Who couldn’t have rooted for the 2004 Red Sox? (Yankees fans, put your hands down. We know.) 86 years with no title, especially with the unprecedented comeback in the American League Championship Series against the “Evil Empire” Yankees?
And who couldn’t root for the New England Patriots against the yardage machine of the St. Louis Rams led by Kurt Warner?
And while the Celtics had no success in recent memory, you felt it was okay to let them ride on the winning tradition of the team that took the NBA from virtual barnstorming to an integral part of our culture.
Then in 2007, something happened. That Red Sox team that was the champion of underdogs suddenly turned around and pulled the rug out from under the Cleveland Indians—their heir apparent in the American League, then wiped out the Colorado Rockies, who had never won a ring – with a roster that had outspent their postseason opponents. While their fans just gloated with the same supremacy this side of the House that Steinbrenner Built.
Later that fall, that football team that managed to back up their rise to glory against the Rams with two more rings started getting greedy. After the scandal of “Spygate,” they didn’t apologize for—or even admit to anything, despite the league handing out consequences. Instead, they got vindictive, running up scores on teams with the same lack of apologies.
After the Giants saved us all from Patriot fans perennial gloating of having the Greatest Team of All Time, the Celtics were up to something. In the face of tradition, which meant building a team and watching it rise, they skipped to the end, signing Ray Allen and trading eight players for Kevin Garnett, setting the standard for the Heat team many vilified this past season.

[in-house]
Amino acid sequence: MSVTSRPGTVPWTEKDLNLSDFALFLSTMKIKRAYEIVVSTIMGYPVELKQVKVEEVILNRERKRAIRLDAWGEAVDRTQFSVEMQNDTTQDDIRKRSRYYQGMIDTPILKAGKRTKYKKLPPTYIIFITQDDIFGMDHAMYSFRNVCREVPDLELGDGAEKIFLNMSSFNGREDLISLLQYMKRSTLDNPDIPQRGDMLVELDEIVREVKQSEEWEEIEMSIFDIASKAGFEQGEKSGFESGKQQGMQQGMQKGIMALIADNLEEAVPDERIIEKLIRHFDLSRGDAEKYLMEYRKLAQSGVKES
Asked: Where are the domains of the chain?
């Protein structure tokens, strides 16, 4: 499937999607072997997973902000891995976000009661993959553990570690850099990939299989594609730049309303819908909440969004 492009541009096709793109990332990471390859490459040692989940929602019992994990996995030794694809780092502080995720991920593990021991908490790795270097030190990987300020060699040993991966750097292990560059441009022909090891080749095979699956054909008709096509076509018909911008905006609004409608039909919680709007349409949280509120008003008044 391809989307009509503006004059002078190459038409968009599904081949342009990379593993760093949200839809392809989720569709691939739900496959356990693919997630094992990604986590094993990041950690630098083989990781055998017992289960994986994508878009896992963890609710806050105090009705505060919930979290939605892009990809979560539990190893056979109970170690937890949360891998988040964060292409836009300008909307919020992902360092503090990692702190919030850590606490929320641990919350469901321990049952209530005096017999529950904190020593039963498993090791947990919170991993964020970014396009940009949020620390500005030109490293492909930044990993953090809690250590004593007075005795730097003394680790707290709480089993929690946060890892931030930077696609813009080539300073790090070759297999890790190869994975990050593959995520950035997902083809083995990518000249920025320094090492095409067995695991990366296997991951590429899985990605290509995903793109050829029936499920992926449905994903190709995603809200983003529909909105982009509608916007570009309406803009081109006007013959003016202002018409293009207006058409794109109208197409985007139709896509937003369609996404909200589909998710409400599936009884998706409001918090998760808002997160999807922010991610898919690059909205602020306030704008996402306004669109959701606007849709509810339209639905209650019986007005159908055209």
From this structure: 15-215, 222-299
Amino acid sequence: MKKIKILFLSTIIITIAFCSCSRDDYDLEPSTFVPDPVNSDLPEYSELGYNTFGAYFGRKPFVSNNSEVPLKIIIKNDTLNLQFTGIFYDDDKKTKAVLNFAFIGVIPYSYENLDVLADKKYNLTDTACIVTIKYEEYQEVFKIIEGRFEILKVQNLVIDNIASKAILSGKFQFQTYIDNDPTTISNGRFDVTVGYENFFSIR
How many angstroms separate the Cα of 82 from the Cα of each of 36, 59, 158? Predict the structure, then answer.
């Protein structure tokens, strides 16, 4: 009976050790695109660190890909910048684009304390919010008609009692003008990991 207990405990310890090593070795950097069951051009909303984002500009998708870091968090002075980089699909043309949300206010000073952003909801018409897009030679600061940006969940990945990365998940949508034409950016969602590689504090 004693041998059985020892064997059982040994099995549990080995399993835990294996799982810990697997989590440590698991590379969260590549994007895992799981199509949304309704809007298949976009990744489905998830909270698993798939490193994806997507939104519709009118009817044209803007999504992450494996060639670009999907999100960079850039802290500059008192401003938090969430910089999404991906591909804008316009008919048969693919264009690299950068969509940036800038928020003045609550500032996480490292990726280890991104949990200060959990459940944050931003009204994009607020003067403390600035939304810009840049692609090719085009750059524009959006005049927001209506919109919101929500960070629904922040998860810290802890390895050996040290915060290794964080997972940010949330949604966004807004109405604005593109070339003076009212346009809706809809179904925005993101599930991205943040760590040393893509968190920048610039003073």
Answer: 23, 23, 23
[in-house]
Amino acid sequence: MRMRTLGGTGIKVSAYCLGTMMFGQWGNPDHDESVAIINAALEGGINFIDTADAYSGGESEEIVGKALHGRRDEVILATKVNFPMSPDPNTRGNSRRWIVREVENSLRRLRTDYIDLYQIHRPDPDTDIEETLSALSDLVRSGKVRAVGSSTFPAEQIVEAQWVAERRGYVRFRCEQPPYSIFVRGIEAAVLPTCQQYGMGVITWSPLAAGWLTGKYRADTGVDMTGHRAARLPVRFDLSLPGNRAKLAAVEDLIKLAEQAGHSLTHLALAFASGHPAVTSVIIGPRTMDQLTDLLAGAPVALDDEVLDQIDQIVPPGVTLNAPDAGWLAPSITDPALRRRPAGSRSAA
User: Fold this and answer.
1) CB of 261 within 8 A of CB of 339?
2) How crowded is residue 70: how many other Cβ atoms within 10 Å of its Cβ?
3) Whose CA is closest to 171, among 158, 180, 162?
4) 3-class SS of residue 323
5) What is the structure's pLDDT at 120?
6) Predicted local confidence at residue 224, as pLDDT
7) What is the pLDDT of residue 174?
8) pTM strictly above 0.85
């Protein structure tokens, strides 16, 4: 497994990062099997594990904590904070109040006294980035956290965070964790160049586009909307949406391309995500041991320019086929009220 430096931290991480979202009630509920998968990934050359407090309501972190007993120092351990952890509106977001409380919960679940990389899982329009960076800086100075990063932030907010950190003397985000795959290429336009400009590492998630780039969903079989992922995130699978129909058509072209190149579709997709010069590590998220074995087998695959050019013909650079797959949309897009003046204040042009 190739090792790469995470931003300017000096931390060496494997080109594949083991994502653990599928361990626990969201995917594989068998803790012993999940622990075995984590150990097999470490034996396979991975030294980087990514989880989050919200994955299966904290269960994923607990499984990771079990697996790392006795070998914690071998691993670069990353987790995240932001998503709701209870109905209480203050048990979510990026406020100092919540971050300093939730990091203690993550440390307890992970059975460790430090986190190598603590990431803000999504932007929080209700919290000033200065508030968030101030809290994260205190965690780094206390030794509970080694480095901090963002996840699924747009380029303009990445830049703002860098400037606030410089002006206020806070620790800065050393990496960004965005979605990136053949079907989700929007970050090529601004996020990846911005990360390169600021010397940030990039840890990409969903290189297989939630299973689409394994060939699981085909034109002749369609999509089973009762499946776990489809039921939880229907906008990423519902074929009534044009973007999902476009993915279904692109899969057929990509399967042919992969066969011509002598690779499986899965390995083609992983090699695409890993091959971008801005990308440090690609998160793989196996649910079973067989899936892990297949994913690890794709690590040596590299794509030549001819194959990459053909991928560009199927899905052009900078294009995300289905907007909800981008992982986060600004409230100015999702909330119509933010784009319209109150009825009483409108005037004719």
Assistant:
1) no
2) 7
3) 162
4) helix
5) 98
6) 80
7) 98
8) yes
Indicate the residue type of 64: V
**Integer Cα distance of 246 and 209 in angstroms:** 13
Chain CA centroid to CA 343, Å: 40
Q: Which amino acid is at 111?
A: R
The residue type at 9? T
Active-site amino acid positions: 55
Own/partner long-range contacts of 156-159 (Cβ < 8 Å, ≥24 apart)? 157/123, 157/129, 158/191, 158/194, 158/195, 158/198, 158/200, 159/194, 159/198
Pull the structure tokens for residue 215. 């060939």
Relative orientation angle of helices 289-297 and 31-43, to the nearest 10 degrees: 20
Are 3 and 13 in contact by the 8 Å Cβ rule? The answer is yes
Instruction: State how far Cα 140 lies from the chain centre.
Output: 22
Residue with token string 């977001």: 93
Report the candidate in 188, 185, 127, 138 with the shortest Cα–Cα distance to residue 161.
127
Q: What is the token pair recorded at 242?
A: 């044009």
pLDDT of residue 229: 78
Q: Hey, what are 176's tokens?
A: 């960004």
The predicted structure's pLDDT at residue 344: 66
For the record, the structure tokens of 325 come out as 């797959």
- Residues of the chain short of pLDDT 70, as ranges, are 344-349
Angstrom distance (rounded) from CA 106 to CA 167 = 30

By the end of 2008, most any fan was rolling their eyes at the word “Boston,” if not cursing under their breath. Many still are.
But there was one relief: The Bruins, despite earning the top seed in the 2008-09 playoffs, a playoff series here and there. When they choked away a 3-0 lead against the Flyers (even with a 3-0 lead going into the third period of the fourth game), it seemed like that would be Boston’s return to reality.
But no. The following year, they swiped the Stanley Cup away from the Vancouver Canucks, keeping that franchise hungry for a title they haven’t won in their 40-year history, and a country who invented the game away from the championship they have not enjoyed since 1993.
If patience was a virtue, then Boston’s sports fans were saints. Now their cups are running over and they could not be more indulgent of pride. Suck it up, Bostonians! We're all hoping it won't last too much longer.